Intel is no longer going to disclose all-core Turbo Boost speeds, starting with their 8th Gen Coffee Lake processors that have just been released. The information comes straight from the blue giant. Answering a query from ExtremeTech on the matter, the company said that "[W]e're no longer disclosing this level of detail as its proprietary to Intel. Intel only specifies processor frequencies for base and single-core Turbo in our processor marketing and technical collateral, such as ARK, and not the multi-core Turbo frequencies. We're aligning communications to be consistent. All Turbo frequencies are opportunistic given their dependency on system configuration and workloads."

This decision is a rollback that does little more than rob users of another data point that has really always been there. The practical effect of this change isn't anything to write home about: Intel's Turbo Boost capabilities were never guaranteed performance levels (the fact that the advertised Turbo speeds were called "Max Turbo" implied Turbo levels could be lower.) However, there's also not much that can be said to explain this change in stance from the blue giant. If anything, this decision only opens up debate and speculation regarding the reasons why Intel is making this change: and the skeptics among us will always default to foul play or dark linings.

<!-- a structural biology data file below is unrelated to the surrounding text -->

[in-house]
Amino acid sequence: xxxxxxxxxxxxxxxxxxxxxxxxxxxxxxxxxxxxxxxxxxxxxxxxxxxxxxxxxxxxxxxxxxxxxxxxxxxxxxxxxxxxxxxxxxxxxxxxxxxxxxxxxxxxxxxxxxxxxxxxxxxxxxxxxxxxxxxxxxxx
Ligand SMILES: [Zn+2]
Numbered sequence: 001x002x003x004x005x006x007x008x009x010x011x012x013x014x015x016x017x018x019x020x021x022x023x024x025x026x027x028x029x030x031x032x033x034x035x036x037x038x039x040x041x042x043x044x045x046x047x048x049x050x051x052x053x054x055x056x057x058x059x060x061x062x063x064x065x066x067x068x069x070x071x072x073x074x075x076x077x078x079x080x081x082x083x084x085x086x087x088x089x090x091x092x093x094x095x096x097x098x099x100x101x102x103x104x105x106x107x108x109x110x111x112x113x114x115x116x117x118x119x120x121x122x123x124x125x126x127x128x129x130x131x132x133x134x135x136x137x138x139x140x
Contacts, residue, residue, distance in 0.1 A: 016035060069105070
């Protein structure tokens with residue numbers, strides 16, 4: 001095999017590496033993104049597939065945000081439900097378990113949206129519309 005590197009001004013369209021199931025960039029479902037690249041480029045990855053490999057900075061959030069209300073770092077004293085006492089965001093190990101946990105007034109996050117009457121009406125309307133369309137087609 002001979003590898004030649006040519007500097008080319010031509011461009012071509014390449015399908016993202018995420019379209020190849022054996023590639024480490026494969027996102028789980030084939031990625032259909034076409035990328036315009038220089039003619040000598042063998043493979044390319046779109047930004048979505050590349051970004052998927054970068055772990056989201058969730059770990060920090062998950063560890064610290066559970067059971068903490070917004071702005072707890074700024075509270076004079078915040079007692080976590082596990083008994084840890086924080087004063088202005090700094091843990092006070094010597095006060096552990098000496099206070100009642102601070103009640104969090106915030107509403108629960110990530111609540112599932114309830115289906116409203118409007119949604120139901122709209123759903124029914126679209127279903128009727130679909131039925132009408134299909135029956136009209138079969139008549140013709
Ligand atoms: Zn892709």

To our Forum dwellers: this piece is marked as an Editorial

The Pirate Bay Resumes Cryptocurrency Mining, No Opt-Out

We've previously covered The Pirate Bay's usage of a web-based miner on users' machines without their knowledge or consent. We've even done a pretty extensive editorial on whether or not this could be the revenue model of the future. At the time, we came away with the conclusion that the problem isn't with the technology per se, but with the fact it's implemented by humans (and most problems do have their root cause in us humans after all, don't they?).